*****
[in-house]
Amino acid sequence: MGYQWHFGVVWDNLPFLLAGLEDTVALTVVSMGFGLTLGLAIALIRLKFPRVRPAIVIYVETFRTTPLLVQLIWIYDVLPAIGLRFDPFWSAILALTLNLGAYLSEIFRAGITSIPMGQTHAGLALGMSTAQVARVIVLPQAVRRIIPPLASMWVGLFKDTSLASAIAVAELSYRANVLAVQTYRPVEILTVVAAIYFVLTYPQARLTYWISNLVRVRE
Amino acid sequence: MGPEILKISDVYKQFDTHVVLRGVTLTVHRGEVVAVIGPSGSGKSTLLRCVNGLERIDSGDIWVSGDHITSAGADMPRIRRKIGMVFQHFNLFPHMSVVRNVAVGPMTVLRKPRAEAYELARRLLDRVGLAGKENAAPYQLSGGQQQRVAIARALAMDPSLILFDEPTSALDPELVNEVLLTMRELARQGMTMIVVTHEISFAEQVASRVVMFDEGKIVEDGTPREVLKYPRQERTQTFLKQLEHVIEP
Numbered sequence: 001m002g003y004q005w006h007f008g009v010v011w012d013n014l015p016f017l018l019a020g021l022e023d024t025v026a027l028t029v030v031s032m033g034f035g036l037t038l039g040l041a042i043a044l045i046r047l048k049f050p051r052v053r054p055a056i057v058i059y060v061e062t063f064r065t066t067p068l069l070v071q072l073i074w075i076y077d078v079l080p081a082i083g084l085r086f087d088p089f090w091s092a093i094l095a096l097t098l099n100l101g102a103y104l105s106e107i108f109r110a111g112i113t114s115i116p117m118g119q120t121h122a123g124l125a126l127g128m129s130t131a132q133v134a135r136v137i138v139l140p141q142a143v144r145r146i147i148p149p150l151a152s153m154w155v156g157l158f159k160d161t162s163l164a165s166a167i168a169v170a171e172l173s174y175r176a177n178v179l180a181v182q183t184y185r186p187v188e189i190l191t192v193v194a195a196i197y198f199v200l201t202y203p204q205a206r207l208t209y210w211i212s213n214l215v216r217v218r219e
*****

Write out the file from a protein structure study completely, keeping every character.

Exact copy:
[in-house]
Amino acid sequence: MGYQWHFGVVWDNLPFLLAGLEDTVALTVVSMGFGLTLGLAIALIRLKFPRVRPAIVIYVETFRTTPLLVQLIWIYDVLPAIGLRFDPFWSAILALTLNLGAYLSEIFRAGITSIPMGQTHAGLALGMSTAQVARVIVLPQAVRRIIPPLASMWVGLFKDTSLASAIAVAELSYRANVLAVQTYRPVEILTVVAAIYFVLTYPQARLTYWISNLVRVRE
Amino acid sequence: MGPEILKISDVYKQFDTHVVLRGVTLTVHRGEVVAVIGPSGSGKSTLLRCVNGLERIDSGDIWVSGDHITSAGADMPRIRRKIGMVFQHFNLFPHMSVVRNVAVGPMTVLRKPRAEAYELARRLLDRVGLAGKENAAPYQLSGGQQQRVAIARALAMDPSLILFDEPTSALDPELVNEVLLTMRELARQGMTMIVVTHEISFAEQVASRVVMFDEGKIVEDGTPREVLKYPRQERTQTFLKQLEHVIEP
Numbered sequence: 001m002g003y004q005w006h007f008g009v010v011w012d013n014l015p016f017l018l019a020g021l022e023d024t025v026a027l028t029v030v031s032m033g034f035g036l037t038l039g040l041a042i043a044l045i046r047l048k049f050p051r052v053r054p055a056i057v058i059y060v061e062t063f064r065t066t067p068l069l070v071q072l073i074w075i076y077d078v079l080p081a082i083g084l085r086f087d088p089f090w091s092a093i094l095a096l097t098l099n100l101g102a103y104l105s106e107i108f109r110a111g112i113t114s115i116p117m118g119q120t121h122a123g124l125a126l127g128m129s130t131a132q133v134a135r136v137i138v139l140p141q142a143v144r145r146i147i148p149p150l151a152s153m154w155v156g157l158f159k160d161t162s163l164a165s166a167i168a169v170a171e172l173s174y175r176a177n178v179l180a181v182q183t184y185r186p187v188e189i190l191t192v193v194a195a196i197y198f199v200l201t202y203p204q205a206r207l208t209y210w211i212s213n214l215v216r217v218r219e